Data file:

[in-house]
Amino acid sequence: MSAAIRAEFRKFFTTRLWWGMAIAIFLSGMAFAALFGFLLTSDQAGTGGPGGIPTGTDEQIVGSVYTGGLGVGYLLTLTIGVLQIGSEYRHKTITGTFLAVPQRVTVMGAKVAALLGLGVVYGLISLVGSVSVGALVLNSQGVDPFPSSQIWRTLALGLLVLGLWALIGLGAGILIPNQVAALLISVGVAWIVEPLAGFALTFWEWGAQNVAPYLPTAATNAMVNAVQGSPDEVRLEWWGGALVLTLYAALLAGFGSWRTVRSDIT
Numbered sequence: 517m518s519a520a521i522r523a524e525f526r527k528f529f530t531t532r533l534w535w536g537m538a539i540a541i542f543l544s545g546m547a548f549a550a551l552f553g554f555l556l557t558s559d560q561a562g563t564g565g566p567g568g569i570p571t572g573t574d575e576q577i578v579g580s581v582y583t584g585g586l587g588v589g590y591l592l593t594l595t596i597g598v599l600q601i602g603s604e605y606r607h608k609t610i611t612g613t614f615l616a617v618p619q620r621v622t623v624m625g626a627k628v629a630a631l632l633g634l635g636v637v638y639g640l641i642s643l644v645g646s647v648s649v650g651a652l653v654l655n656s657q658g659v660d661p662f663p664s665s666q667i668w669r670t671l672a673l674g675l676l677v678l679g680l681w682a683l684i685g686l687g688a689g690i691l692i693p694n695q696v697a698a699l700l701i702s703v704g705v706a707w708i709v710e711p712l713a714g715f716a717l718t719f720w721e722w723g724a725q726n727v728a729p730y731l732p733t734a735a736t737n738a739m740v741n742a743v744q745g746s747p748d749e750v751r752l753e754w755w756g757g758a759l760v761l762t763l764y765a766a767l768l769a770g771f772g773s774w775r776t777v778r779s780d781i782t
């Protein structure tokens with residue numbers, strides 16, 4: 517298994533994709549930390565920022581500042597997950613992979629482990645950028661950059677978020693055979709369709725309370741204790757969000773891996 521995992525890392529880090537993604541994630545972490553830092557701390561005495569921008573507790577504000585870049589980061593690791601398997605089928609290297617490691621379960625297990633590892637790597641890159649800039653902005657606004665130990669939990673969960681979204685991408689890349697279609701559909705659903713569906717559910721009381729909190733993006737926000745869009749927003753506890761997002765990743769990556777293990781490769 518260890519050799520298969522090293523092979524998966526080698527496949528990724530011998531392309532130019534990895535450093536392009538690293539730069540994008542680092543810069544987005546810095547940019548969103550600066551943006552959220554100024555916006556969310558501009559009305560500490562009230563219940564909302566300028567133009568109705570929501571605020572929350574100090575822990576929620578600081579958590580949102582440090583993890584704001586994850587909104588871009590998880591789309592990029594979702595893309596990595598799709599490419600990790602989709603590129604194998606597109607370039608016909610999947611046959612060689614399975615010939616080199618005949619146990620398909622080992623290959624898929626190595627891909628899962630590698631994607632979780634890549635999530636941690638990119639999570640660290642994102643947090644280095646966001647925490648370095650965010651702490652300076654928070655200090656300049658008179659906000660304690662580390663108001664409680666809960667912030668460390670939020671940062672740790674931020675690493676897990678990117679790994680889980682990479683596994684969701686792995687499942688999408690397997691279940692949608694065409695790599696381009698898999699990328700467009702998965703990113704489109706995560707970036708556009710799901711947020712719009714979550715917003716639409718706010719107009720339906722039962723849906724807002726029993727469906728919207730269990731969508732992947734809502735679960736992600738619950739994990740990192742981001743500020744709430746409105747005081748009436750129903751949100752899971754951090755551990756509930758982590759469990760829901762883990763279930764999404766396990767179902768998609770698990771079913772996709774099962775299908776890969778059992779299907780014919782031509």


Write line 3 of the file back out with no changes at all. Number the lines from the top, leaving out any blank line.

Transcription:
Numbered sequence: 517m518s519a520a521i522r523a524e525f526r527k528f529f530t531t532r533l534w535w536g537m538a539i540a541i542f543l544s545g546m547a548f549a550a551l552f553g554f555l556l557t558s559d560q561a562g563t564g565g566p567g568g569i570p571t572g573t574d575e576q577i578v579g580s581v582y583t584g585g586l587g588v589g590y591l592l593t594l595t596i597g598v599l600q601i602g603s604e605y606r607h608k609t610i611t612g613t614f615l616a617v618p619q620r621v622t623v624m625g626a627k628v629a630a631l632l633g634l635g636v637v638y639g640l641i642s643l644v645g646s647v648s649v650g651a652l653v654l655n656s657q658g659v660d661p662f663p664s665s666q667i668w669r670t671l672a673l674g675l676l677v678l679g680l681w682a683l684i685g686l687g688a689g690i691l692i693p694n695q696v697a698a699l700l701i702s703v704g705v706a707w708i709v710e711p712l713a714g715f716a717l718t719f720w721e722w723g724a725q726n727v728a729p730y731l732p733t734a735a736t737n738a739m740v741n742a743v744q745g746s747p748d749e750v751r752l753e754w755w756g757g758a759l760v761l762t763l764y765a766a767l768l769a770g771f772g773s774w775r776t777v778r779s780d781i782t